And there is bad morality. Bad morality told Americans that loyalty to their country demanded they fight in World War I, the all-time stupidest thing any group of human beings ever did. Seriously, can anyone actually find a reason for that war? No. Because there was no reason. Like shame, it was a series of silly customs which compounded to hurt people.

Bad morality allowed gays, lesbians, bisexuals and transgendered people to be shunned, hurt and killed for centuries. Why? Because there was once a practical need for groups to reproduce and build their strength in numbers. So customs developed saying, “When you have sex, have it in such a way that you create children. Don’t masturbate. Don’t have sex with your own gender. That’s bad.” That custom, which served only the group, not the individual (and thus is highly suspect from the word go), turned into a system of morality, enforced by pietists using shame. (Carol Todd was gay in the 1930s, and knew from shame and piety.)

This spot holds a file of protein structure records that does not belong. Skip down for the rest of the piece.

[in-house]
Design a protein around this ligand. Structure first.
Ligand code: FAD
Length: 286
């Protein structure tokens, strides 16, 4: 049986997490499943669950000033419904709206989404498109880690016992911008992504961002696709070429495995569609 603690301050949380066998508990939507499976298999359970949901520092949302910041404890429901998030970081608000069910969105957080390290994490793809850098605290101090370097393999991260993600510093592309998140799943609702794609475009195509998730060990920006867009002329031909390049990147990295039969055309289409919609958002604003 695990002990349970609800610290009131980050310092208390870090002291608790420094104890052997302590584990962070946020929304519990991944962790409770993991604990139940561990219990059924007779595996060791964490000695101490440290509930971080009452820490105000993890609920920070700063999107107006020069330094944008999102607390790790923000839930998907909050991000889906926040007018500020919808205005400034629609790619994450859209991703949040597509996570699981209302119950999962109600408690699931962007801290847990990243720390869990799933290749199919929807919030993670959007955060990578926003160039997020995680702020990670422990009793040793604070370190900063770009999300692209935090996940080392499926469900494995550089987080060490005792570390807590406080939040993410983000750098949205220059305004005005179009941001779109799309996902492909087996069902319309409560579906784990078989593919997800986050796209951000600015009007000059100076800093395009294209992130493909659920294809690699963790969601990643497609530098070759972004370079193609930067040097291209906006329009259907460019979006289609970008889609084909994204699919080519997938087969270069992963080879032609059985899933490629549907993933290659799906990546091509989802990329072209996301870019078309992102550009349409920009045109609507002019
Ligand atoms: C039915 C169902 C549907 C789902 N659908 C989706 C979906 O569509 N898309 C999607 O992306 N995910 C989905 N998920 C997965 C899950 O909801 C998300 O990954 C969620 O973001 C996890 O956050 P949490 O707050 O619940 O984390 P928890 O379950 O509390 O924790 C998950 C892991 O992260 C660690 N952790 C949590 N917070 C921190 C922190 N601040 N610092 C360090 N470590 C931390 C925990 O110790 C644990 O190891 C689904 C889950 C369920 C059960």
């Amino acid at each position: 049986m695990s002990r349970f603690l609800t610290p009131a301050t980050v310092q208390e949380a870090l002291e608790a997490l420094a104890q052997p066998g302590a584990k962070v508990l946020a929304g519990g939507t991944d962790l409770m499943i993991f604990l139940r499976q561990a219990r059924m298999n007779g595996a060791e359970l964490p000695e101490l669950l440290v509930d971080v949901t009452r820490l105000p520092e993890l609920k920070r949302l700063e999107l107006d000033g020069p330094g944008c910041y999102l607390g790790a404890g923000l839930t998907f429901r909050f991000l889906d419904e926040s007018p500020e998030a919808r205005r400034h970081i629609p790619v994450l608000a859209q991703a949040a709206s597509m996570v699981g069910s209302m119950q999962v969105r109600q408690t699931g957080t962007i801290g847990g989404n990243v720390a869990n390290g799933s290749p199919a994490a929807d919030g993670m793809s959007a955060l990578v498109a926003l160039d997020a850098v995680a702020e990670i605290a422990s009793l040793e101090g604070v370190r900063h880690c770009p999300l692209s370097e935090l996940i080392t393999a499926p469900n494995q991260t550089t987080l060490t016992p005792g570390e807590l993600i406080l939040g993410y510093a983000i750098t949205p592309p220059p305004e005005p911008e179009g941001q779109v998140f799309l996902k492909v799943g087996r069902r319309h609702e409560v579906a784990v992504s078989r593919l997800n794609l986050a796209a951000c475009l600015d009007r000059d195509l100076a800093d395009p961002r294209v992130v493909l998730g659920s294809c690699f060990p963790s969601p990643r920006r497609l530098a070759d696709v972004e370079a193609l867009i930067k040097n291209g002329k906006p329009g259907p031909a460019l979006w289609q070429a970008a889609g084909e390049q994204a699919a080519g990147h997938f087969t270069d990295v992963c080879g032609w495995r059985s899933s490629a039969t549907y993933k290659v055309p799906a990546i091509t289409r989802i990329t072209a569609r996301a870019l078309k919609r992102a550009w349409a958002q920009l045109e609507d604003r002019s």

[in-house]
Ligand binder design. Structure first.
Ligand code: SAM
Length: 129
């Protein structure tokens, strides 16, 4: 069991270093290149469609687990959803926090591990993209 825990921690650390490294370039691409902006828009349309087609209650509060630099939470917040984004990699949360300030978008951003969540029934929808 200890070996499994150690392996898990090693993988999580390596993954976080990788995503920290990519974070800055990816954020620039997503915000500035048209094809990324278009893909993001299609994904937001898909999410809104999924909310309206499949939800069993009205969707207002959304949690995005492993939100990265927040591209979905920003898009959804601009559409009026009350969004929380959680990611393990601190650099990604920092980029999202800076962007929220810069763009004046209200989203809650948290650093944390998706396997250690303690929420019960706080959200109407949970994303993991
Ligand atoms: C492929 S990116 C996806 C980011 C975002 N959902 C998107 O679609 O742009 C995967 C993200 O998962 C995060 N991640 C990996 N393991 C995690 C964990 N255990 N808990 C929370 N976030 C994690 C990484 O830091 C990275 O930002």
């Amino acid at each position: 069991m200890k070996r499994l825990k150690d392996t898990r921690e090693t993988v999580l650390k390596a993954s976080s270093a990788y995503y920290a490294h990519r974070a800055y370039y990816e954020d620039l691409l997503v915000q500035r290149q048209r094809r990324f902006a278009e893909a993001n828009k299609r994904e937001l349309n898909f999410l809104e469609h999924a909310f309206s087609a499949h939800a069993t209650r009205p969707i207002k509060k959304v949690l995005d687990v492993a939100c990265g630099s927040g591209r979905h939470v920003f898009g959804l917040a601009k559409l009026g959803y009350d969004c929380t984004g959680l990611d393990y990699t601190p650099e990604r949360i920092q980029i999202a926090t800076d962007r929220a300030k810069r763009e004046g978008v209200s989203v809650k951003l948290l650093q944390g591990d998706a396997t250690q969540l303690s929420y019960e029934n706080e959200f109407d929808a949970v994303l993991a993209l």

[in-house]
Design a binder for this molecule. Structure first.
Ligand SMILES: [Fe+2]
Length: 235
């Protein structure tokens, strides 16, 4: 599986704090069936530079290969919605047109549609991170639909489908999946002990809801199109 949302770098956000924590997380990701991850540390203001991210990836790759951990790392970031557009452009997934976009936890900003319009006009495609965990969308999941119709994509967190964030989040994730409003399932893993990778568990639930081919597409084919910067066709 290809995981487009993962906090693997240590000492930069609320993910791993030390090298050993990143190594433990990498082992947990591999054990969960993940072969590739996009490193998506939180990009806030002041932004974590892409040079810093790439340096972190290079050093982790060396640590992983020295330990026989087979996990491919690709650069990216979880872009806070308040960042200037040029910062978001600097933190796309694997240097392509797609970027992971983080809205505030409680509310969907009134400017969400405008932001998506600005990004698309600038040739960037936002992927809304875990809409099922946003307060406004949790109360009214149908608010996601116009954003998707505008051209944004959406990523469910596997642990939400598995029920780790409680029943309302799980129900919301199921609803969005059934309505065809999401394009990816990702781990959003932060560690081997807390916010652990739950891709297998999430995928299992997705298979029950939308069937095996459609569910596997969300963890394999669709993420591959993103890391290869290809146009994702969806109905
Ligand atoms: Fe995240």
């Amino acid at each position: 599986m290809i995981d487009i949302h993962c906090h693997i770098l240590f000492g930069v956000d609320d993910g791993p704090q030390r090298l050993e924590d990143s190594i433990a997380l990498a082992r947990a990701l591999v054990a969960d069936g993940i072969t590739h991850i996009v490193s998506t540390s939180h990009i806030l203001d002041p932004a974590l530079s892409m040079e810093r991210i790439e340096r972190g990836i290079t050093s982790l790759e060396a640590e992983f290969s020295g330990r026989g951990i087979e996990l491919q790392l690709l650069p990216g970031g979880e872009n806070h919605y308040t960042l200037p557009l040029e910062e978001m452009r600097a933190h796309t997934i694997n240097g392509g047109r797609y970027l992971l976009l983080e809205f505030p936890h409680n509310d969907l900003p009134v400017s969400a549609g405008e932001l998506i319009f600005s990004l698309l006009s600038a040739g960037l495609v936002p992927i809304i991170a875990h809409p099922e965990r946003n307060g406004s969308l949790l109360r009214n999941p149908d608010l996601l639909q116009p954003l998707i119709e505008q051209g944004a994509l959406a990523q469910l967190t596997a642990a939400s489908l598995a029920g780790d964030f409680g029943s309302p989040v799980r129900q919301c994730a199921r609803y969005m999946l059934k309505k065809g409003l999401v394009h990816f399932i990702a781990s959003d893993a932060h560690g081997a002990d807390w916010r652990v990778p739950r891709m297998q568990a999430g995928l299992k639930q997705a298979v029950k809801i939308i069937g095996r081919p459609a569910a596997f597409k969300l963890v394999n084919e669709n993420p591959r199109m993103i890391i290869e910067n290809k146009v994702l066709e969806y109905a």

Worse, bad morality and the shame it creates don’t only apply to your own actions. Lots of people feel ashamed because someone else has done something wrong and involved them. Victims of molestation feel ashamed because someone else touched their genitals, or worse, and so they often don’t say, “Hey, a crime was committed against me!” They hide in corners and hang their heads.

Even when it defends good morality and practicality, shame is useless. If you’re intelligent, you’ll see the consequences of bad decisions and either avoid them or learn from them. If you’re stupid, you won’t avoid or learn, and shame will only make you stupid and emotionally wounded.

Shame sucks. Never, ever feel ashamed. If you make a mistake, correct it. Learn from it. If you hurt someone, make it up to them.

But move forward. Don’t feel ashamed. And don’t let anyone make you feel ashamed. It’s not a real feeling, and it’s not healthy.